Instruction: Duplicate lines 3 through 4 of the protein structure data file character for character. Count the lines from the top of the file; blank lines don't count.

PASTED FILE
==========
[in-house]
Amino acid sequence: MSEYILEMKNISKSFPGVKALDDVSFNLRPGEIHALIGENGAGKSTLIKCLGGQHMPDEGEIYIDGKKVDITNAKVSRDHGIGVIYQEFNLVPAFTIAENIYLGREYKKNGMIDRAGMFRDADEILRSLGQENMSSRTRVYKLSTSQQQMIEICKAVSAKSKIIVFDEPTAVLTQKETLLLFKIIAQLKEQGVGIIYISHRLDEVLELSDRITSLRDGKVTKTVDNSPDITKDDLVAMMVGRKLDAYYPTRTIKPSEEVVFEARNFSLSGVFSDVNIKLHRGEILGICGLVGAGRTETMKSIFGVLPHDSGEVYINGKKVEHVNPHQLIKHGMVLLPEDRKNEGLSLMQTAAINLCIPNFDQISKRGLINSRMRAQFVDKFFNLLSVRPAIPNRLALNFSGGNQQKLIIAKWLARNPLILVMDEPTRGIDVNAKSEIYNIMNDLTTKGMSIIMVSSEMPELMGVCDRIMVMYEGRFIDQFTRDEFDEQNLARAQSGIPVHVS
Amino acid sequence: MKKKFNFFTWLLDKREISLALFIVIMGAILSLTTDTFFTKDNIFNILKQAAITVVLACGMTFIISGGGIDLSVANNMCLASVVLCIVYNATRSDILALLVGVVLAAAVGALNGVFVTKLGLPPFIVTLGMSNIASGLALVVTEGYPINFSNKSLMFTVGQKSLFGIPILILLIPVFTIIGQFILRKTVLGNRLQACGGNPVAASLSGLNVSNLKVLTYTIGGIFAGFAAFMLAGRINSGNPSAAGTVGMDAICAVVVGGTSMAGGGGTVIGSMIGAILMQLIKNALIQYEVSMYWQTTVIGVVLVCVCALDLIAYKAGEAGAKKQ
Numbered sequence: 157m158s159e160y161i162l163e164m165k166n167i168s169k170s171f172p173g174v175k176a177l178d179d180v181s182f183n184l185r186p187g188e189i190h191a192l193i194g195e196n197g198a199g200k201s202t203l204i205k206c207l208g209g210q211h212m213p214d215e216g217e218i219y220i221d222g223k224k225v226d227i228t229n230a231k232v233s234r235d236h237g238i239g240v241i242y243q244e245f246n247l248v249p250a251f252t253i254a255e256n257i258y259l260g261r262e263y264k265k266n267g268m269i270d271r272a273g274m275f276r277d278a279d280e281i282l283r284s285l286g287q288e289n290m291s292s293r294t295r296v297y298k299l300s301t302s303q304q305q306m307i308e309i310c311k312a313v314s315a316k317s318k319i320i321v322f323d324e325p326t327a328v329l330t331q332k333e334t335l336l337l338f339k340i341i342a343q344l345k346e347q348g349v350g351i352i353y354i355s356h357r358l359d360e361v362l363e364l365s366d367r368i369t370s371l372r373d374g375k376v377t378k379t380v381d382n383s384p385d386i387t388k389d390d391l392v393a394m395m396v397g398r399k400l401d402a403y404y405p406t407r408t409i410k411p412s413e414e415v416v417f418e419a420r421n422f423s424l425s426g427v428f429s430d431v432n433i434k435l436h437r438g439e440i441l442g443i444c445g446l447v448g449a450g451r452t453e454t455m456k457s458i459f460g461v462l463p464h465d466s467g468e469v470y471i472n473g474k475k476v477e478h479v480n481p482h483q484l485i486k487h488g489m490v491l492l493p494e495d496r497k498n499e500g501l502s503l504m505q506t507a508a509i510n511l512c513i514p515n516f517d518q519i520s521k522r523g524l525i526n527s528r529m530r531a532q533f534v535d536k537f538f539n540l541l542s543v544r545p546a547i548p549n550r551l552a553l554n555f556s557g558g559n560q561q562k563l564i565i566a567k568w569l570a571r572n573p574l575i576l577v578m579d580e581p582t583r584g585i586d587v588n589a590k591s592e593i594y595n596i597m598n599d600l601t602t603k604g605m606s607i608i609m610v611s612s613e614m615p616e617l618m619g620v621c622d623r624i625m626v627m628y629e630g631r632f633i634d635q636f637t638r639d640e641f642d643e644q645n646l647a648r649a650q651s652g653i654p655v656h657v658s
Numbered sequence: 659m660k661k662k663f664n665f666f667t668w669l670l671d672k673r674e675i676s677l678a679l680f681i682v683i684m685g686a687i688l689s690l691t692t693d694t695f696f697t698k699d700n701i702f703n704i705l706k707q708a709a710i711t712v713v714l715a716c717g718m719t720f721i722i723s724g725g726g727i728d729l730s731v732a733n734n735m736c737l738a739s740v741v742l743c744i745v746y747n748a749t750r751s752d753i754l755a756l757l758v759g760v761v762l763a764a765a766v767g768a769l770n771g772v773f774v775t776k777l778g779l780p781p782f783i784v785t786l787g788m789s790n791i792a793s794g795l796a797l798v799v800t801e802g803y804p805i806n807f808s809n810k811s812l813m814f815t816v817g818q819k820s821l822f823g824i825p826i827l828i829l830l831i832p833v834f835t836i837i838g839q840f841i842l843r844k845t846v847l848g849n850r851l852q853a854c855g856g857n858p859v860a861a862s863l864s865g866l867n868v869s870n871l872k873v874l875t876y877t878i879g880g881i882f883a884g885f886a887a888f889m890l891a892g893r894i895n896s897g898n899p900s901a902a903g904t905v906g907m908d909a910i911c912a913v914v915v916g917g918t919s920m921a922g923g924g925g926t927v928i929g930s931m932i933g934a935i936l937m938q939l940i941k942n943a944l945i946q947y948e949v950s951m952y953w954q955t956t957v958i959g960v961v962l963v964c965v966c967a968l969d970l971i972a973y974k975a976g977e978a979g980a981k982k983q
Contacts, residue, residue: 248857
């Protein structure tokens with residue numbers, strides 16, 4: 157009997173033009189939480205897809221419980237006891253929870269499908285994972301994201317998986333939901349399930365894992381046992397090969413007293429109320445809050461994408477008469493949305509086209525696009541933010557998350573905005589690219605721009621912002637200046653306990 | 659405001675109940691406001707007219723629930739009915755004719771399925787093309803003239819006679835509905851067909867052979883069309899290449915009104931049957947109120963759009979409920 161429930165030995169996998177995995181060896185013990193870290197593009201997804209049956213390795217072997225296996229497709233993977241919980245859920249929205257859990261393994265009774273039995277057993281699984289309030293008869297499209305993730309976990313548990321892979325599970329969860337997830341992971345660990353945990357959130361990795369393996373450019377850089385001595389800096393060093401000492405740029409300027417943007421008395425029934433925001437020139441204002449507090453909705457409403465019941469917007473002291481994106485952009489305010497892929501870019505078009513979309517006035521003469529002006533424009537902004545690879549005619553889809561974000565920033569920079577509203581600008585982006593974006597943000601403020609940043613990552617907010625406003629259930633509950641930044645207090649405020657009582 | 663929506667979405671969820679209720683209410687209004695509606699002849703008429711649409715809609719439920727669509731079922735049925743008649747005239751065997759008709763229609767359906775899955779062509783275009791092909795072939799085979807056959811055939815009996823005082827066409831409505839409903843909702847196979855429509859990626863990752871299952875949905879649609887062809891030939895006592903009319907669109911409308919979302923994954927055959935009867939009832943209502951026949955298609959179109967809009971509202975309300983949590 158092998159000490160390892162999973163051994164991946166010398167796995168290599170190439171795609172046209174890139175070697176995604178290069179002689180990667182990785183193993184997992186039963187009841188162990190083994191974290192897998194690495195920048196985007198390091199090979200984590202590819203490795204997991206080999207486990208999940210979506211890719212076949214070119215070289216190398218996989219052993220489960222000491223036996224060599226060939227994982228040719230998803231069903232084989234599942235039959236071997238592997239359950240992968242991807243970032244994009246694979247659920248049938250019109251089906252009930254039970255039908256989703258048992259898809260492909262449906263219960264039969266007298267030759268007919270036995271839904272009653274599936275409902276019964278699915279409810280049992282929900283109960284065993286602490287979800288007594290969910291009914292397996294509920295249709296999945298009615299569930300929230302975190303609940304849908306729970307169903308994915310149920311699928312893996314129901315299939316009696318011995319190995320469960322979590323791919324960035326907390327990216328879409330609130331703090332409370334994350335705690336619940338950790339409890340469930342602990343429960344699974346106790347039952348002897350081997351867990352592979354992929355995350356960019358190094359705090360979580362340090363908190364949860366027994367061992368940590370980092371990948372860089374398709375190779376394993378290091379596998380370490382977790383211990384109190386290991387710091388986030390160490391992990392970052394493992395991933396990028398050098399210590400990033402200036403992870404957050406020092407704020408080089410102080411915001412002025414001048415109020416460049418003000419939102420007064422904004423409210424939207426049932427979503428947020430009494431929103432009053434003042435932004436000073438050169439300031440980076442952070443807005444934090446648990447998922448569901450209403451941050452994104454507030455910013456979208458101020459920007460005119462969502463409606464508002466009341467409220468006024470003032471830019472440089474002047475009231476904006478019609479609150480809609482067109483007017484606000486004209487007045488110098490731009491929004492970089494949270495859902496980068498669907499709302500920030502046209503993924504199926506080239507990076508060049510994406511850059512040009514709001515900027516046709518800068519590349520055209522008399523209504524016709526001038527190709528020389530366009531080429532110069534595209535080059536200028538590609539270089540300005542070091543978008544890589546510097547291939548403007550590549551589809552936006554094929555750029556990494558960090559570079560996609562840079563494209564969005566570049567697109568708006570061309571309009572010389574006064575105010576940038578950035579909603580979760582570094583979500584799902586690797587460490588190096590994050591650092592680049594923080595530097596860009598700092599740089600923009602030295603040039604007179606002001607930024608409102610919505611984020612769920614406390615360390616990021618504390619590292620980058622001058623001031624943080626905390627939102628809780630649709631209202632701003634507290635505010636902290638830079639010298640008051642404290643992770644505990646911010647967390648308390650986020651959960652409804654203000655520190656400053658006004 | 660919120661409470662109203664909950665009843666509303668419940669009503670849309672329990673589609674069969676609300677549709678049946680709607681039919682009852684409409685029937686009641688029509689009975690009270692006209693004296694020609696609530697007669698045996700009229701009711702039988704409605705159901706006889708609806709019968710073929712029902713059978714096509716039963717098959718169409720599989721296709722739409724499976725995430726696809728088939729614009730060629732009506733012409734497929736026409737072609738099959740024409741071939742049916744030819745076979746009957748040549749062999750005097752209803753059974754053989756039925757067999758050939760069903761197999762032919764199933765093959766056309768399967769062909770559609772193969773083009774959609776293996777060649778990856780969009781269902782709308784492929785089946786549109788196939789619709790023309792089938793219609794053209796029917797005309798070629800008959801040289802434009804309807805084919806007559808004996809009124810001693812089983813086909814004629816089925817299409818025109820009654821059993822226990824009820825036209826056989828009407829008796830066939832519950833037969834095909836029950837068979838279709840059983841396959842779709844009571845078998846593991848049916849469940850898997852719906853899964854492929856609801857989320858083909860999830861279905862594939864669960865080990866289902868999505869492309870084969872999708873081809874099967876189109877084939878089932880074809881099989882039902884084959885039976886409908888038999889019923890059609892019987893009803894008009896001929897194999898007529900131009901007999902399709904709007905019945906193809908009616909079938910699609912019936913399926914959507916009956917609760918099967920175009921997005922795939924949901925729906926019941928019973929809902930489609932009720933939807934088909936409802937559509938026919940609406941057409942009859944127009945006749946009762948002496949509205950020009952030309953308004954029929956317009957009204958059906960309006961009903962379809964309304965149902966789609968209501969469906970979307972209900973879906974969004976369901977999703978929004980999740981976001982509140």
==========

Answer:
Amino acid sequence: MKKKFNFFTWLLDKREISLALFIVIMGAILSLTTDTFFTKDNIFNILKQAAITVVLACGMTFIISGGGIDLSVANNMCLASVVLCIVYNATRSDILALLVGVVLAAAVGALNGVFVTKLGLPPFIVTLGMSNIASGLALVVTEGYPINFSNKSLMFTVGQKSLFGIPILILLIPVFTIIGQFILRKTVLGNRLQACGGNPVAASLSGLNVSNLKVLTYTIGGIFAGFAAFMLAGRINSGNPSAAGTVGMDAICAVVVGGTSMAGGGGTVIGSMIGAILMQLIKNALIQYEVSMYWQTTVIGVVLVCVCALDLIAYKAGEAGAKKQ
Numbered sequence: 157m158s159e160y161i162l163e164m165k166n167i168s169k170s171f172p173g174v175k176a177l178d179d180v181s182f183n184l185r186p187g188e189i190h191a192l193i194g195e196n197g198a199g200k201s202t203l204i205k206c207l208g209g210q211h212m213p214d215e216g217e218i219y220i221d222g223k224k225v226d227i228t229n230a231k232v233s234r235d236h237g238i239g240v241i242y243q244e245f246n247l248v249p250a251f252t253i254a255e256n257i258y259l260g261r262e263y264k265k266n267g268m269i270d271r272a273g274m275f276r277d278a279d280e281i282l283r284s285l286g287q288e289n290m291s292s293r294t295r296v297y298k299l300s301t302s303q304q305q306m307i308e309i310c311k312a313v314s315a316k317s318k319i320i321v322f323d324e325p326t327a328v329l330t331q332k333e334t335l336l337l338f339k340i341i342a343q344l345k346e347q348g349v350g351i352i353y354i355s356h357r358l359d360e361v362l363e364l365s366d367r368i369t370s371l372r373d374g375k376v377t378k379t380v381d382n383s384p385d386i387t388k389d390d391l392v393a394m395m396v397g398r399k400l401d402a403y404y405p406t407r408t409i410k411p412s413e414e415v416v417f418e419a420r421n422f423s424l425s426g427v428f429s430d431v432n433i434k435l436h437r438g439e440i441l442g443i444c445g446l447v448g449a450g451r452t453e454t455m456k457s458i459f460g461v462l463p464h465d466s467g468e469v470y471i472n473g474k475k476v477e478h479v480n481p482h483q484l485i486k487h488g489m490v491l492l493p494e495d496r497k498n499e500g501l502s503l504m505q506t507a508a509i510n511l512c513i514p515n516f517d518q519i520s521k522r523g524l525i526n527s528r529m530r531a532q533f534v535d536k537f538f539n540l541l542s543v544r545p546a547i548p549n550r551l552a553l554n555f556s557g558g559n560q561q562k563l564i565i566a567k568w569l570a571r572n573p574l575i576l577v578m579d580e581p582t583r584g585i586d587v588n589a590k591s592e593i594y595n596i597m598n599d600l601t602t603k604g605m606s607i608i609m610v611s612s613e614m615p616e617l618m619g620v621c622d623r624i625m626v627m628y629e630g631r632f633i634d635q636f637t638r639d640e641f642d643e644q645n646l647a648r649a650q651s652g653i654p655v656h657v658s